Sleep-in Workers and the National Minimum Wage
In the recent case of Royal Mencap Society v Tomlinson-Blake  the Court of Appeal has held that during sleep-in shifts, staff are not entitled to be paid the National Minimum Wage (“NMW”) for the entire duration of the shift.
Ms Tomlinson-Blake was employed by Mencap, a charity which provides support for individuals with learning difficulties, to sleep at a service user’s home in order to be available to assist the service user as and when required. This involved keeping a ‘listening ear’ out and an inability to leave the premises. She was paid a flat rate below the NMW rate for the hours she was on shift and she was able to sleep when not required for work. The Employment Appeal Tribunal (“EAT”) held in favour of Ms Tomlinson-Blake, however, Mencap appealed the decision.
Under the NMW Regulations 2015 provide that all workers must receive the NNW or National Living Wage as an average for all hours worked in each pay period. Workers may be treated as working if they are ‘available for work, and are required to be available, at or near a place of work for the purposes of working unless the worker is at home’. However, the Regulations also state that ‘hours when “available” only includes hours when the worker is awake for the purposes of working, even if a worker by arrangement sleeps at or near a place of work and the employer provides suitable facilities for sleeping’.
The Court of Appeal has overruled the EAT’s decision and held in favour of Mencap that the sleep-in workers were characterised as being available for work and were not in fact working for the duration of the shift. Therefore, they are only entitled to be paid the National Minimum Wage for the periods of time which they are required to be awake for the purposes of performing some specific activity and therefore employees are not required to pay the NMW for the entire duration of their shift.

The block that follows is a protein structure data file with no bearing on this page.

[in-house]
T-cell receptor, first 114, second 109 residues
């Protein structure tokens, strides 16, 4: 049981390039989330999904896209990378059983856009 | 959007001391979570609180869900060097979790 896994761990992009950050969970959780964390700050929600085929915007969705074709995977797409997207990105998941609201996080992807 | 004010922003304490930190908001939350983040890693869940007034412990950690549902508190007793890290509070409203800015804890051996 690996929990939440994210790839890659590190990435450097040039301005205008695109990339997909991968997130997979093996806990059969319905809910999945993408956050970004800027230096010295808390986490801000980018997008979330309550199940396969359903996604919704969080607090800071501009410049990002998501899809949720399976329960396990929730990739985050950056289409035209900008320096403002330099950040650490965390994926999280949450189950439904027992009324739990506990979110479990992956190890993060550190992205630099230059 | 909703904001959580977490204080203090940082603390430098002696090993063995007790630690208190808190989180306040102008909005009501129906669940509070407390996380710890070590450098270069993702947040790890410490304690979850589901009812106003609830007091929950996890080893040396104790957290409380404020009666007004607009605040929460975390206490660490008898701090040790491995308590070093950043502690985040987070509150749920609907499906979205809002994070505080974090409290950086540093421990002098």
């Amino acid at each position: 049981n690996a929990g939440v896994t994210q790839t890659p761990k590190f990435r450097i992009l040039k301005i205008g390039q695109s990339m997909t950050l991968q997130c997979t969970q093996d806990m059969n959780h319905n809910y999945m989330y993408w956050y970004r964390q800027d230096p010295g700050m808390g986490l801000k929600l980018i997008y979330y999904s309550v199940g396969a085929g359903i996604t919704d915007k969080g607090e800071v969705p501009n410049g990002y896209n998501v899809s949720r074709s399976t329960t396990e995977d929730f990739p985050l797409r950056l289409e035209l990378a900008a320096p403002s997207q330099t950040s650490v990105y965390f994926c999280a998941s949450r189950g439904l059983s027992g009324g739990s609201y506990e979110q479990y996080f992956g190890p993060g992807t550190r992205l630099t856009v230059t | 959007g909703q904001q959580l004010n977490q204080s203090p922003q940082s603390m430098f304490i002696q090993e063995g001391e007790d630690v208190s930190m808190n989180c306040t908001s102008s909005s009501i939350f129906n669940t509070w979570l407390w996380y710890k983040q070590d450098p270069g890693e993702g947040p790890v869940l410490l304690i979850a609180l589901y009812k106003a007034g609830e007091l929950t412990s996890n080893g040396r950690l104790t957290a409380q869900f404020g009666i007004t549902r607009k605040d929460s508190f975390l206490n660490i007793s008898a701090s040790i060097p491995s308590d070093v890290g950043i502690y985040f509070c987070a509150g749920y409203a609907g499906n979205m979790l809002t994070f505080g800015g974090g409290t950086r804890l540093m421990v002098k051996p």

What this Means for Employers
This is a very significant judgement for the care sector and potential good news for employers, as had businesses been obliged to pay their staff the NMW for the whole of a sleep-in shift there would be scope for claims for back pay dating back six years, as well as increased wages going forward. Employers should, however, be wary at this stage as it is likely that this judgement will be appealed and therefore may be subject to further rulings. We advise that employers take a ‘wait and see’ approach at present and we will report on any further developments in due course.
At FTA Law we can offer advice on all aspects of an employer’s duties towards their employees, so please contact us on 0330 088 2275 for further information.
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